My son graduated from an arts magnet school a few years ago, and that is different again. This school is 60% arts (music - strings, vocal, winds; visual arts; theatre arts; literature i.e. writers) , 40% local population, roughly. Students in the arts program got there by auditioning, and they come from a radius of around 100 miles. They must be recommended by their private teachers and of course only a percentage of those who audition can be admitted. Music teachers must also be performing professional musicians and the standards are high. A proportion of the students who begin in the arts program drop out of the program but may continue in the school's normal program, still doing music etc. When a student is admitted, both parent and student must sign an agreement that they understand that extra-curricular is mandatory, that there will be support (parents) and commitment, that both artistic and academic standards must remain high.

Music theory, history, etc. are taught, I would think more extensively than in a regular high school program. Private teachers would be expected to help a student prepare for requirements in the school program: music being played by the ensemble or orchestra etc. There is a monthly etude exam, with which a private teacher would help prepare. Generally performances are not solos: orchestra, ensemble etc. but the option exists.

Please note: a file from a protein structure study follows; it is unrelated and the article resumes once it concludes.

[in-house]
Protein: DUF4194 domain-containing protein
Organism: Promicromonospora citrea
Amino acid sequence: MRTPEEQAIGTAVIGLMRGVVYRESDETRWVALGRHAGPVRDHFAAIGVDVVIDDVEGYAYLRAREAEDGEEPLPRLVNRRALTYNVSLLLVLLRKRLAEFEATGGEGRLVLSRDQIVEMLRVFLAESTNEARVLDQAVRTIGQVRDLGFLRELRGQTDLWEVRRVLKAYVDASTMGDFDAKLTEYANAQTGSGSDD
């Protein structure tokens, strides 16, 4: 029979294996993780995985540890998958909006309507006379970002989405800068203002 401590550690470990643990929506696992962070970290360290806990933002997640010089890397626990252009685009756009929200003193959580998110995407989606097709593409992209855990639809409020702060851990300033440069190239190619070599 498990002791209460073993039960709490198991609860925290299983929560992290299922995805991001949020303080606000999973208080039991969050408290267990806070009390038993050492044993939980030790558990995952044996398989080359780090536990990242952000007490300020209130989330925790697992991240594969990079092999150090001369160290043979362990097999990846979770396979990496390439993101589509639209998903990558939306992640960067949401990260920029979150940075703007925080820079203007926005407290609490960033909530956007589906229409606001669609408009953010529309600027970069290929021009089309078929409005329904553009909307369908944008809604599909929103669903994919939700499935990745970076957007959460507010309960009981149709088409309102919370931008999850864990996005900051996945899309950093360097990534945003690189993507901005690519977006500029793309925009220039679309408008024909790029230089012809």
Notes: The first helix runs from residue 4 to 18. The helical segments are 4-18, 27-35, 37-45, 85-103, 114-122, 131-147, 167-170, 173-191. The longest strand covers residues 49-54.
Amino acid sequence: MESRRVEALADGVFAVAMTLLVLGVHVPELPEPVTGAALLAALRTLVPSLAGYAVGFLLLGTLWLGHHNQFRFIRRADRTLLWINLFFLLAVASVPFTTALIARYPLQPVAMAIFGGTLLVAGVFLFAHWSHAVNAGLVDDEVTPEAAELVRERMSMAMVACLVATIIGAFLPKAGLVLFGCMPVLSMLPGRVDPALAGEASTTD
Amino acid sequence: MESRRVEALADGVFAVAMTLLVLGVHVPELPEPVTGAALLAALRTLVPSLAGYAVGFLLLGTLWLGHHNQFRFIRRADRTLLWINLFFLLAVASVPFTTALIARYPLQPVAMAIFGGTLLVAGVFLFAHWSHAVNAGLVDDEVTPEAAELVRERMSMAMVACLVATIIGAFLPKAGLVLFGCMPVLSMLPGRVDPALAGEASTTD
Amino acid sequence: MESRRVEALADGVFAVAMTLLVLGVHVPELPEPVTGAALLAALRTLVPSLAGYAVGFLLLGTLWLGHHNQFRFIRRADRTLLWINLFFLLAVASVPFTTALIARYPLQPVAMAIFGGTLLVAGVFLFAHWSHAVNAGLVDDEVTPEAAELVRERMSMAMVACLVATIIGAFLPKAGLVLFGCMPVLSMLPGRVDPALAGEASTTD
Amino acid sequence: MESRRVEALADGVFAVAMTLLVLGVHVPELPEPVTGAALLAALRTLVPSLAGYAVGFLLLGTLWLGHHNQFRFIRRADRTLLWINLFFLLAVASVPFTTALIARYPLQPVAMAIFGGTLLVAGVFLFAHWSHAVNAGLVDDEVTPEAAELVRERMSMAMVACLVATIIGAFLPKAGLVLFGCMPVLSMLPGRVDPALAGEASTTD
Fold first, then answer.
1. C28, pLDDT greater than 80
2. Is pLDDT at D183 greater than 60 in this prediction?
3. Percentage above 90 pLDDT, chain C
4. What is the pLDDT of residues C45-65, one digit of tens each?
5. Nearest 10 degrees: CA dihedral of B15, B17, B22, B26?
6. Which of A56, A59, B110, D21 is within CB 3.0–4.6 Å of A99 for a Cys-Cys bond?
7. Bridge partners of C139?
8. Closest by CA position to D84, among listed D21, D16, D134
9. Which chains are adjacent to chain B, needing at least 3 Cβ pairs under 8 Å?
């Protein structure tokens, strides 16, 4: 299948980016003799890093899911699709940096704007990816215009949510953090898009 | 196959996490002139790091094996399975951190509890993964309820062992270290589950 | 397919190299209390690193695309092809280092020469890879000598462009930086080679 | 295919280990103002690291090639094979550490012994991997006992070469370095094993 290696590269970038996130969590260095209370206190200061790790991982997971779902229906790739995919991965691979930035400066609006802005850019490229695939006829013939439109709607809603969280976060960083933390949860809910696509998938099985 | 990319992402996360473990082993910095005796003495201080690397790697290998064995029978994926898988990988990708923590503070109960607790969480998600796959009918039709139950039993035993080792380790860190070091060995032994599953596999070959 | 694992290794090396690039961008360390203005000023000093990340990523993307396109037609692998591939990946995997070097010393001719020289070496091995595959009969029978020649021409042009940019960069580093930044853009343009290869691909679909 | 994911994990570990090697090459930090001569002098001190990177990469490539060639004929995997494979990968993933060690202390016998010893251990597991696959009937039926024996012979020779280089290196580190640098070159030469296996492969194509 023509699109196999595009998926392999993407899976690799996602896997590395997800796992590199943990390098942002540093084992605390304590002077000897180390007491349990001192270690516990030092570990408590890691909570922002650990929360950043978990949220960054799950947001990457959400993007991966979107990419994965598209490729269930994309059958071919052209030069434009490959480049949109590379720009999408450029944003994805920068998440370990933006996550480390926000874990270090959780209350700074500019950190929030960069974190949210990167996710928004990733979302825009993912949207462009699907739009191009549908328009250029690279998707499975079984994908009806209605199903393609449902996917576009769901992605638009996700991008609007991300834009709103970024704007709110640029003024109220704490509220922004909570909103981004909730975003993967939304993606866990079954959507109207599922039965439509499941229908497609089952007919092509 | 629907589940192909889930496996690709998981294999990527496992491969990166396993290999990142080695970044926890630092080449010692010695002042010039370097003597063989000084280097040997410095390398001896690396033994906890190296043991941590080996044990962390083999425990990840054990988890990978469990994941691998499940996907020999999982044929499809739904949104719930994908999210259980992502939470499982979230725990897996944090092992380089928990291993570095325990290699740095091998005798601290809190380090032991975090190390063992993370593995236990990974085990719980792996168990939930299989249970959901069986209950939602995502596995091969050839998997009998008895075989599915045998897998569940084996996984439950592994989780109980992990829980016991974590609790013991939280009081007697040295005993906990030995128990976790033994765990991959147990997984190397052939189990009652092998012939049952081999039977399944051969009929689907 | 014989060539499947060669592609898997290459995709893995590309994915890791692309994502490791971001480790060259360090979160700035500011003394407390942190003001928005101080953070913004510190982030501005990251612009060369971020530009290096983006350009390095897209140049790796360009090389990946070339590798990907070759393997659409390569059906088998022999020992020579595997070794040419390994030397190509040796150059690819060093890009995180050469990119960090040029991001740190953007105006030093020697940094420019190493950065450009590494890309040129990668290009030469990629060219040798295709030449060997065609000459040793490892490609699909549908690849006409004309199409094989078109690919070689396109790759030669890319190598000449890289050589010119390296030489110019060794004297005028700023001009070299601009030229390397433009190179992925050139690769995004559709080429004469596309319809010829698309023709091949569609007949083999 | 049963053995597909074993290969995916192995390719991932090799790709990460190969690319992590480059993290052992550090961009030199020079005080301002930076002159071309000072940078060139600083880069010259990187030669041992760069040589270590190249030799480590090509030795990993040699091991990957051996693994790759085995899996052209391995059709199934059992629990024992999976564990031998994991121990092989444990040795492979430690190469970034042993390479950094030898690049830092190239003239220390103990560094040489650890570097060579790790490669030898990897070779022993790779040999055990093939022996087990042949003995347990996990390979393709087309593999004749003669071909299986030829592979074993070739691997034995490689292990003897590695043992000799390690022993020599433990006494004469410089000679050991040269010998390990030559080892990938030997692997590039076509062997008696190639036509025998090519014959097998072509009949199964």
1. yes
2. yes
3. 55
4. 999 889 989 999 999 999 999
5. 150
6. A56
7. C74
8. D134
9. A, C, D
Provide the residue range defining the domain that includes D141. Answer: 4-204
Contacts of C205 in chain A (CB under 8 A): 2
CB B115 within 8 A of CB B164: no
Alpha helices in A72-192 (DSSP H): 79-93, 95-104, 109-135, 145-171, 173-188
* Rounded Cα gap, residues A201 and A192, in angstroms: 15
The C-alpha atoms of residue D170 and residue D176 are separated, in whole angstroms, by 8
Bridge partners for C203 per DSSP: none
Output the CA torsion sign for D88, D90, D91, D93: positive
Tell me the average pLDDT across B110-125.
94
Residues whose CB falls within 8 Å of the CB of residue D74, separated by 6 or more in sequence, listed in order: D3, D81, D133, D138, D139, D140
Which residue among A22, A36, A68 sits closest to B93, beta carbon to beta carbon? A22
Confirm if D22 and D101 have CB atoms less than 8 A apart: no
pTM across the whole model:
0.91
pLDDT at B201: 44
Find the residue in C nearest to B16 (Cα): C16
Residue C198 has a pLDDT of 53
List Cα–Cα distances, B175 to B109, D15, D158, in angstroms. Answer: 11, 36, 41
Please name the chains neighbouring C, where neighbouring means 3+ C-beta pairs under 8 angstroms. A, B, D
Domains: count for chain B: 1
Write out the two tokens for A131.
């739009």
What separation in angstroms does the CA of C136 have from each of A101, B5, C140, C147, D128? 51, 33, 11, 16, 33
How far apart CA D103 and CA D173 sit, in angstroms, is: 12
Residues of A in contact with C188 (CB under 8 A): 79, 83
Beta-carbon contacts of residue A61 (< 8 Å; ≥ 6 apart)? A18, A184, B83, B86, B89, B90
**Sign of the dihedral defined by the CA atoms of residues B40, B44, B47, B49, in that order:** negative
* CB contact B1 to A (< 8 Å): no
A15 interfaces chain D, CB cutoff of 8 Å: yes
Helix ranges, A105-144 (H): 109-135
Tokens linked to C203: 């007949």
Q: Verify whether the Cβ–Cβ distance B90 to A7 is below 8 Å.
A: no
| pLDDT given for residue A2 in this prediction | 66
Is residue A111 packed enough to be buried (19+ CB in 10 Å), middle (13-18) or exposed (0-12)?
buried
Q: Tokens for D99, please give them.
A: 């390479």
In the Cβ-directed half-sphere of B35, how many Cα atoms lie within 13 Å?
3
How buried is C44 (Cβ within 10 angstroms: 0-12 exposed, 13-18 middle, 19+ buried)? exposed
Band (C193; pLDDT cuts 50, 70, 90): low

An atmosphere exists that allows students to branch out into their own interests: a coffee house for performances for example. So you have jazz groups forming, modern music, but not with a teacher catering to "popular tastes" as in another thread. The arts as a whole form a cohesive and supporting group. A music student walking by might be pulled in to help with drama; dancers applaud the musicians; everyone supports everyone else. That atmosphere extends to teachers and parents who are highly dedicated. Since the past few years performers who are now professionals will arrive from hundreds of miles for a special gala fund raiser to support the school, and some of the students will be involved in tech support (stage lighting, special effects), orchestra pit. In fact, when the annual Gala takes place, former students who are studying at university will make a special trip to take part, so that you have university and high school students sitting side by side in the orchestra pit.

Um.... I got carried away as I usually do. There is an interplay between the private teacher and the school in this case.




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Postby Tranquillo » Mon Nov 19, 2007 11:25 pm

That's interesting to hear!
Well I don't go to a music highschool ... just a normal public school ...
At my school music history and basic theory is taught. It sounds like private lessons work hand in hand with school music lessons. That sounds like a real prestigous highschool with your son.